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that is fully paid for. it is split between defense and non-defense and it presents additional investments in things like education, research, and manufacturing. building on the model established in ryan-murray, it is paid for with spending cut and tax reforms. it is deficit neutral. supporting what the president said in the state of the union, there is a series of programs to create jobs. it lays out $302 billion infrastructure proposal that is paid for with pro-growth tax. it strengthens the manufacture base and supports groundbreaking research to fight disease, protect the environment and develop new technology. it enhances the administration's management efforts to deliver a government that is more efficient and supportive of economic growth. and it will expand opportunity for all-americans. it doubles the maximum value of the earned income tax credit to encourage people to enter the workforce. and makes high quality preschool available to every four year old. and drive workforce training. it will focus on the primary drivers of long term debt and deficits. it builds on the forms of th
defense ministry. secretary of state john kerry, he is scheduled to go to kiev tomorrow after russian troops entered crimea over the weekend. the associated press says russia issued ultimatum for surrender of two ukraine yap warships in crimea. secretary kerry said the international community could kick russia out of the g8 holding meetings in sochi in june and they could freeze assets if russia does not withdraw the occupation. he is scheduled to make remarks shortly from the state department after a meeting with the prime minister of moldova. we'll bring you remarks on companion network c-span. russian president vladmir putin said he sent troops to protect russian personnel in military bases in southern ukraine after the ouster of ukraine's president. secretary of state kerry will speak to the american israel public affairs committee meeting, aipac. we will have the secretary's remarks live from the conference on our companion network c-span. those remarks are scheduled to start at 5:00 eastern time. at the pentagon -- >> internet as we know it today, bears no resemblance to monopol
hagel was nominated to be secretary of defense, i strongly objected based on his record as a senator and some of his comments about our allies in the middle east that absolutely scared the living day lights out of me. my fears, they were not unfounded. as this week hagel proudly announced his proposal to further gut the military readiness of our nation by drausic troop reductions and cuts to our families and family health care. for the past 100 years presidents and our nation's warriors have warned of putting our guard down. both democrat and republican presents from coolidge to roosevelt to eisenhower to reagan reminded us that readiness to fight is the foundation of freedom. the best minds in our nation's history warned of lulling ourselves into the stupid stupor of thinking that the world would be safer and more peaceful if we just holstered our guns and swords. it's folly to think such nonsense. the best way to preserve freedom, keep the peace and protect security is to have a military that's so overwhelmingly powerful that no one on earth would want to poke it into action. frank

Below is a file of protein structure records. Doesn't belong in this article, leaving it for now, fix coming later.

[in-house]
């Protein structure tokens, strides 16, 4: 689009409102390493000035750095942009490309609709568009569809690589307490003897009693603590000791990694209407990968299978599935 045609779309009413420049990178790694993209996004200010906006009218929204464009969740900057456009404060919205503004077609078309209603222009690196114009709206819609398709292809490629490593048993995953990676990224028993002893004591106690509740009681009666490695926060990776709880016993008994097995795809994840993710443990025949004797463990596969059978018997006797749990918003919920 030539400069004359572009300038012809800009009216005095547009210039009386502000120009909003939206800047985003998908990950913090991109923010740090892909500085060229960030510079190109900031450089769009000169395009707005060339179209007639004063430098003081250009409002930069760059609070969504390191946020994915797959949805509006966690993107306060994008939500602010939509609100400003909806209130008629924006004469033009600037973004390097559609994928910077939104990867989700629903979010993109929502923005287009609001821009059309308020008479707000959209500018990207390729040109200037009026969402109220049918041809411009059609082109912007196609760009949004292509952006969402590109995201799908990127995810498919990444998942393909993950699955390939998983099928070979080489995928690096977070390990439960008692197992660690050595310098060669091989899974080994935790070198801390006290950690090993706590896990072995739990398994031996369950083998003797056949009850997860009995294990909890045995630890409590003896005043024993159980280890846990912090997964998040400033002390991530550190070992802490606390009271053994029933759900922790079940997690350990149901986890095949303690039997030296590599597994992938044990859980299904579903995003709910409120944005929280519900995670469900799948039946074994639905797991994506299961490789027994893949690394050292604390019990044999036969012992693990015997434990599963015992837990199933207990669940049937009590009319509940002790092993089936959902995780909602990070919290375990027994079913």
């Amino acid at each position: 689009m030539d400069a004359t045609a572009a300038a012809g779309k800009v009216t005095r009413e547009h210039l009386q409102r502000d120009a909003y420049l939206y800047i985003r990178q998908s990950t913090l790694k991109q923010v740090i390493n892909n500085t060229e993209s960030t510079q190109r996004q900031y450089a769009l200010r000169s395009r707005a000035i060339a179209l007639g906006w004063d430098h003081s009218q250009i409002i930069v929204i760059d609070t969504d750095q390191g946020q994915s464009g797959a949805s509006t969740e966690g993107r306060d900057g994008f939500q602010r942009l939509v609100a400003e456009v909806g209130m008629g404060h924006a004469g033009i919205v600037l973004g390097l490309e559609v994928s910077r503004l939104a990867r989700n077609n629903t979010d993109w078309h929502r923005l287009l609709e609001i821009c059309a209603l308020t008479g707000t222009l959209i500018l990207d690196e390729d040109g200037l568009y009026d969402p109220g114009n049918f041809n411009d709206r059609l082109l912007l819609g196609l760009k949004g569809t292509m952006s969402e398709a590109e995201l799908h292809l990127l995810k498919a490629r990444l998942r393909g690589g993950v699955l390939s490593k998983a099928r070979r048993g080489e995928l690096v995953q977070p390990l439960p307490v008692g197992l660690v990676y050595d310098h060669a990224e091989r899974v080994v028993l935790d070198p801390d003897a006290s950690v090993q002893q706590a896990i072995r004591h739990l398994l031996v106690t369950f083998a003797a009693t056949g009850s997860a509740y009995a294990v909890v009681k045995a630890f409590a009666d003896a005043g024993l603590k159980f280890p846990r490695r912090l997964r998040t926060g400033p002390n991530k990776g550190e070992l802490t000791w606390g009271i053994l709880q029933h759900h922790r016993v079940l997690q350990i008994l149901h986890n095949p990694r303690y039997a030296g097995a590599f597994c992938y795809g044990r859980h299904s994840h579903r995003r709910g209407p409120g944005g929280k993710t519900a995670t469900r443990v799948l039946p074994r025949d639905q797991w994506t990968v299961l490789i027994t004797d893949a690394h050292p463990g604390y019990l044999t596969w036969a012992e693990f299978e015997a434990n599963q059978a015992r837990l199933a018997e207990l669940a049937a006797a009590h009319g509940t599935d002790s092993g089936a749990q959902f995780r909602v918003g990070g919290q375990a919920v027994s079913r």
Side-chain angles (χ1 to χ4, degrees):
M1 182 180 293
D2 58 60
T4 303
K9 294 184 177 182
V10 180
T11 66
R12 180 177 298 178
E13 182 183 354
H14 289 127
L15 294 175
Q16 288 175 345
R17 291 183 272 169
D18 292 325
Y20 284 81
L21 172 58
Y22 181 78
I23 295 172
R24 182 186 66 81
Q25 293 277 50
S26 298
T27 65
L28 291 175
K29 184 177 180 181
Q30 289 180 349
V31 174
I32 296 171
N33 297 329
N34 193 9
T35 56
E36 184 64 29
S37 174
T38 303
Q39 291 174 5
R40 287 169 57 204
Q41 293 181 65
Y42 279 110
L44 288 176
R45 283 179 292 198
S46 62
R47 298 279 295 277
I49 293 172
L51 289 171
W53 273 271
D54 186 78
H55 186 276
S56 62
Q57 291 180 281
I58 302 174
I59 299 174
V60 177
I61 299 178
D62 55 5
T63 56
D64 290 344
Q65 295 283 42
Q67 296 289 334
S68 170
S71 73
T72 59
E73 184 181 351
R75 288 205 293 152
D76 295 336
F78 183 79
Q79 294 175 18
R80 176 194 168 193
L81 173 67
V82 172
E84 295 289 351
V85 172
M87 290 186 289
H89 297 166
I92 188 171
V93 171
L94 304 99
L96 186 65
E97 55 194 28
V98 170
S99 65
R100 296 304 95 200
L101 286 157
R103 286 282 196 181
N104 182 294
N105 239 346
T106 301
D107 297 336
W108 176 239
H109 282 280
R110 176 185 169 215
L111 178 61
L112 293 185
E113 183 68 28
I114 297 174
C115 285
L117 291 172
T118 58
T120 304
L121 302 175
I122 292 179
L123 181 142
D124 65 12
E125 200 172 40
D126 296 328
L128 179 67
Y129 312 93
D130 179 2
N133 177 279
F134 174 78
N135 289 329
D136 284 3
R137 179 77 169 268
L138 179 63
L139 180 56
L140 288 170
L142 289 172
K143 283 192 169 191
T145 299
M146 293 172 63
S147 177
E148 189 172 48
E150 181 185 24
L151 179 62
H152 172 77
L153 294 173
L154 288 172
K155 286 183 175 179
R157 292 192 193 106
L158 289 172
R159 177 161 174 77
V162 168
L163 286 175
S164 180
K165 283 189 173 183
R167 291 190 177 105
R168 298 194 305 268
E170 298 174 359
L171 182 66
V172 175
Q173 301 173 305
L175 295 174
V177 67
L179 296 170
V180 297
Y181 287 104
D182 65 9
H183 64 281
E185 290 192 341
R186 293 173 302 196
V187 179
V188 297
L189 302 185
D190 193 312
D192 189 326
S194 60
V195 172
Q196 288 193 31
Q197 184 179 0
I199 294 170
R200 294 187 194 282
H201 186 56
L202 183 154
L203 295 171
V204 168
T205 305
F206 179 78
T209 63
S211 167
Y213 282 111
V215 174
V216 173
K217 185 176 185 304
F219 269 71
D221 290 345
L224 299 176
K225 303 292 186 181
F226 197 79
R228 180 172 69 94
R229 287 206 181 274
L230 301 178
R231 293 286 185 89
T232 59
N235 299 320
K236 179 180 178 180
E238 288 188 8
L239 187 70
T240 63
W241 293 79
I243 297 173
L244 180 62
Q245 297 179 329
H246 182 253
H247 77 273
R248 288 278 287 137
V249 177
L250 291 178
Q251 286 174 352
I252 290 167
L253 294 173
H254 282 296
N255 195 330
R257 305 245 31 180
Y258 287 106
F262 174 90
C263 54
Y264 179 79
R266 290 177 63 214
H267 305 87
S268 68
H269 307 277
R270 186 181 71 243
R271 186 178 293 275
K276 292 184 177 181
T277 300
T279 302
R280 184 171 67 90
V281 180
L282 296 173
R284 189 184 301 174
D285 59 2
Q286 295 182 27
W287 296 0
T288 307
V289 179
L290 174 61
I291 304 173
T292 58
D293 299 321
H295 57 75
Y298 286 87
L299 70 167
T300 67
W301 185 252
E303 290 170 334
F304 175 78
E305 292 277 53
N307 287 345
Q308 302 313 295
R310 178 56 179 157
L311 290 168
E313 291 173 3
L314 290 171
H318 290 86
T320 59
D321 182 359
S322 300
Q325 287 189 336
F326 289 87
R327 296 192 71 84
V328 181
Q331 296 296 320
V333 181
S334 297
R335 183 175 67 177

they said that this is not app invasion, it's a protective defensive measure, and on land and at sea in the harbour, what they have down is surround places. that is not to say that they want to go in and have a fight. it's to stop what they would see as fascist elements from kiev or troops here controlled by fascist elements from kiev attacking the pro-russian majority civilian population. whether you believe it, because we have seen no sign of fascist elements here at all, and no sign of the ukrainian soldiers wanting to engage in a fight as evidence of the situation at the sevastopol airport. certainly the russians want to be seen here as nonaggressive. given that they have been approached by a group of ukrainians without arms, there's no way in the world they would have wanted to be seen to be firing on unarmed ukrainian soldiers. that would be disastrous for them. >> laurence lee reporting there from crimea. >> the united states and the european union are both considering sanctions against russia. what are they likely to comprise, and how much bite will they have. one of the russ
's been a meeting of defense ministers. obviously ukraine right on the borders of nato, on the borders of poland is a core challenge and worry for nato security. >> that concludes the public parts of our meeting. and i thank the media for their attendance. >> that's all we're going to see. we unfortunately arrived a bit late. normally these sessions happen behind closed doors. that was a very public piece of the meeting of defense ministers in brussels. we were talking about what's happening in bangkok. she's been indicted for alleged criminality in a rice scheme. >> reporter: this is the first time we have seen the prime minister's own supporters, and she has huge numbers of them outside bangkok, to carry out the same tactic being used by the anti-government movement. that movement has block aided ministries in central bangkok. they are using the same tactic against the building behind me, the anti-corruption commission. they sealed off the gate. they're taking a break. they are waiting for three cement trucks. they are going to solidly cement the gate. they argue, as does the prime m